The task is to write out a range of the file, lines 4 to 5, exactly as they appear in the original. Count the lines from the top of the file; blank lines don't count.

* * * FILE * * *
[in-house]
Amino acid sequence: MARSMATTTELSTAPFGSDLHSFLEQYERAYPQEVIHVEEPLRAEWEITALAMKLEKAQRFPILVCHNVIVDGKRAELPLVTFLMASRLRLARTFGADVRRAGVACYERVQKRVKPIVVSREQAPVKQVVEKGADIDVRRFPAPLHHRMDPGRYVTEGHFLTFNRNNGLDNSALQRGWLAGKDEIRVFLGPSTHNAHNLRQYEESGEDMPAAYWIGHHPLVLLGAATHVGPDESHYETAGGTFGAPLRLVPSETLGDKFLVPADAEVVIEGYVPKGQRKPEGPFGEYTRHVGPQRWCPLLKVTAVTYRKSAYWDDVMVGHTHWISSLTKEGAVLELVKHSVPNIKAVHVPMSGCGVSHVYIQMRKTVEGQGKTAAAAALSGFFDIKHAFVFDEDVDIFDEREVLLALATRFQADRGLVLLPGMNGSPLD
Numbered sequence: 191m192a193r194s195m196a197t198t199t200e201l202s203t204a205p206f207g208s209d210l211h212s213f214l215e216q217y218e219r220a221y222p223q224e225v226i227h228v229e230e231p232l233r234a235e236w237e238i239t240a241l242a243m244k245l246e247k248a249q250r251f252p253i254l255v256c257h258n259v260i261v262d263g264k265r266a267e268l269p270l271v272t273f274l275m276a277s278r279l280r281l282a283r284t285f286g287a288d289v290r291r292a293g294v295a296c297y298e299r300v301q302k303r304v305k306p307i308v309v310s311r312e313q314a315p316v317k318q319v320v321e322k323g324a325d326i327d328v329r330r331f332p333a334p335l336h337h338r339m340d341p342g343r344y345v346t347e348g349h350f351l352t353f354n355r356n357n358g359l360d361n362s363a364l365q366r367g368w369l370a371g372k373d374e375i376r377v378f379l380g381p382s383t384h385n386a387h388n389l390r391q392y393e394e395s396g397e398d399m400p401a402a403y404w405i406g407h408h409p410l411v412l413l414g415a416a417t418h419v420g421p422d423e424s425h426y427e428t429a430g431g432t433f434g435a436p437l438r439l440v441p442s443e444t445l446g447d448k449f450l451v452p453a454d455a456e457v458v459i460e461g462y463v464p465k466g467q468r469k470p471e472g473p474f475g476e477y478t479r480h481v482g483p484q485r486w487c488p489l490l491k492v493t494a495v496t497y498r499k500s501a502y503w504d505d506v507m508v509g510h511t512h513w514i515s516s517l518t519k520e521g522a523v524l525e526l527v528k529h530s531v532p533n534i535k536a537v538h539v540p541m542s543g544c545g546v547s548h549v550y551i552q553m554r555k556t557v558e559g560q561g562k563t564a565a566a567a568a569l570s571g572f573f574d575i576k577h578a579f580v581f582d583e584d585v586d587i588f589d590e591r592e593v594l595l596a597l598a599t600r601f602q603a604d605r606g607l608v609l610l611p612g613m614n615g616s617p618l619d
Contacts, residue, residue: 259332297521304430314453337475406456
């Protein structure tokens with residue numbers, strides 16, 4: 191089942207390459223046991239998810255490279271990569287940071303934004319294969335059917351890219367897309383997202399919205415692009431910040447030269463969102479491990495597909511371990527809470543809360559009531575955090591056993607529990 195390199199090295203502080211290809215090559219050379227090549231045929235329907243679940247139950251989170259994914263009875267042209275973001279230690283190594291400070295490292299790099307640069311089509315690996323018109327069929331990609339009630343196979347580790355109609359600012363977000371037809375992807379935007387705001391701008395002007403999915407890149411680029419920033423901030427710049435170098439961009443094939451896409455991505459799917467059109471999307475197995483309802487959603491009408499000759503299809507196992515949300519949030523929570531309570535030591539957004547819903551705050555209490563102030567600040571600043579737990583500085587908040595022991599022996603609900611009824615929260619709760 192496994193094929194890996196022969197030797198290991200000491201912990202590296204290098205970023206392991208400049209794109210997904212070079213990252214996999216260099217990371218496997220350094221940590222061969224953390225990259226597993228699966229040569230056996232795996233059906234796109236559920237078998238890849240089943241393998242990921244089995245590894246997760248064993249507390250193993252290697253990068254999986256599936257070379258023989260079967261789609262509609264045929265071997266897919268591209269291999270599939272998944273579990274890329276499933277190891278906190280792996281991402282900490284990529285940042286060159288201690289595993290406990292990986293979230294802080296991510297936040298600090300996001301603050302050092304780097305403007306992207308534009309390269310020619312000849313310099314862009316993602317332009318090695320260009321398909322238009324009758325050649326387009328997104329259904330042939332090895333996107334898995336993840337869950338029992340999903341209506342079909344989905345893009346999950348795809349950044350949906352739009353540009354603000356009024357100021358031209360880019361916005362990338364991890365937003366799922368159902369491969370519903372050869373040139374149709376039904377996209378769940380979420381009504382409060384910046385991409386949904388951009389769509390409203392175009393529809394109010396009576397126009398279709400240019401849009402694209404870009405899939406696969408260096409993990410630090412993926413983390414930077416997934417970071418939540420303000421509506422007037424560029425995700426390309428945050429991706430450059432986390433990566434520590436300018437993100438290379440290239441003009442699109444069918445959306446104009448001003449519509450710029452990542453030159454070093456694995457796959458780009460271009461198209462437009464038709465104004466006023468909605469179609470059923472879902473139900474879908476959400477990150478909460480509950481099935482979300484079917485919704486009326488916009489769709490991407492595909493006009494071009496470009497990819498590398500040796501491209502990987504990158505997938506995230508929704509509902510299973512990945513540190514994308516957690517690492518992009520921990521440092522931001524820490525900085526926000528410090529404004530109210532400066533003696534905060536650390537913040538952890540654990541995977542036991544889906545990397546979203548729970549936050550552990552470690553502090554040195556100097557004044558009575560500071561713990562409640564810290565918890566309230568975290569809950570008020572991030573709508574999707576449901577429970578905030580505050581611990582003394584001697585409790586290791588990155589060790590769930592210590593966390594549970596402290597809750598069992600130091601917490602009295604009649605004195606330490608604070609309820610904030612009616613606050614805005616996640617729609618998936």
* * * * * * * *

Contacts, residue, residue: 259332297521304430314453337475406456
């Protein structure tokens with residue numbers, strides 16, 4: 191089942207390459223046991239998810255490279271990569287940071303934004319294969335059917351890219367897309383997202399919205415692009431910040447030269463969102479491990495597909511371990527809470543809360559009531575955090591056993607529990 195390199199090295203502080211290809215090559219050379227090549231045929235329907243679940247139950251989170259994914263009875267042209275973001279230690283190594291400070295490292299790099307640069311089509315690996323018109327069929331990609339009630343196979347580790355109609359600012363977000371037809375992807379935007387705001391701008395002007403999915407890149411680029419920033423901030427710049435170098439961009443094939451896409455991505459799917467059109471999307475197995483309802487959603491009408499000759503299809507196992515949300519949030523929570531309570535030591539957004547819903551705050555209490563102030567600040571600043579737990583500085587908040595022991599022996603609900611009824615929260619709760 192496994193094929194890996196022969197030797198290991200000491201912990202590296204290098205970023206392991208400049209794109210997904212070079213990252214996999216260099217990371218496997220350094221940590222061969224953390225990259226597993228699966229040569230056996232795996233059906234796109236559920237078998238890849240089943241393998242990921244089995245590894246997760248064993249507390250193993252290697253990068254999986256599936257070379258023989260079967261789609262509609264045929265071997266897919268591209269291999270599939272998944273579990274890329276499933277190891278906190280792996281991402282900490284990529285940042286060159288201690289595993290406990292990986293979230294802080296991510297936040298600090300996001301603050302050092304780097305403007306992207308534009309390269310020619312000849313310099314862009316993602317332009318090695320260009321398909322238009324009758325050649326387009328997104329259904330042939332090895333996107334898995336993840337869950338029992340999903341209506342079909344989905345893009346999950348795809349950044350949906352739009353540009354603000356009024357100021358031209360880019361916005362990338364991890365937003366799922368159902369491969370519903372050869373040139374149709376039904377996209378769940380979420381009504382409060384910046385991409386949904388951009389769509390409203392175009393529809394109010396009576397126009398279709400240019401849009402694209404870009405899939406696969408260096409993990410630090412993926413983390414930077416997934417970071418939540420303000421509506422007037424560029425995700426390309428945050429991706430450059432986390433990566434520590436300018437993100438290379440290239441003009442699109444069918445959306446104009448001003449519509450710029452990542453030159454070093456694995457796959458780009460271009461198209462437009464038709465104004466006023468909605469179609470059923472879902473139900474879908476959400477990150478909460480509950481099935482979300484079917485919704486009326488916009489769709490991407492595909493006009494071009496470009497990819498590398500040796501491209502990987504990158505997938506995230508929704509509902510299973512990945513540190514994308516957690517690492518992009520921990521440092522931001524820490525900085526926000528410090529404004530109210532400066533003696534905060536650390537913040538952890540654990541995977542036991544889906545990397546979203548729970549936050550552990552470690553502090554040195556100097557004044558009575560500071561713990562409640564810290565918890566309230568975290569809950570008020572991030573709508574999707576449901577429970578905030580505050581611990582003394584001697585409790586290791588990155589060790590769930592210590593966390594549970596402290597809750598069992600130091601917490602009295604009649605004195606330490608604070609309820610904030612009616613606050614805005616996640617729609618998936």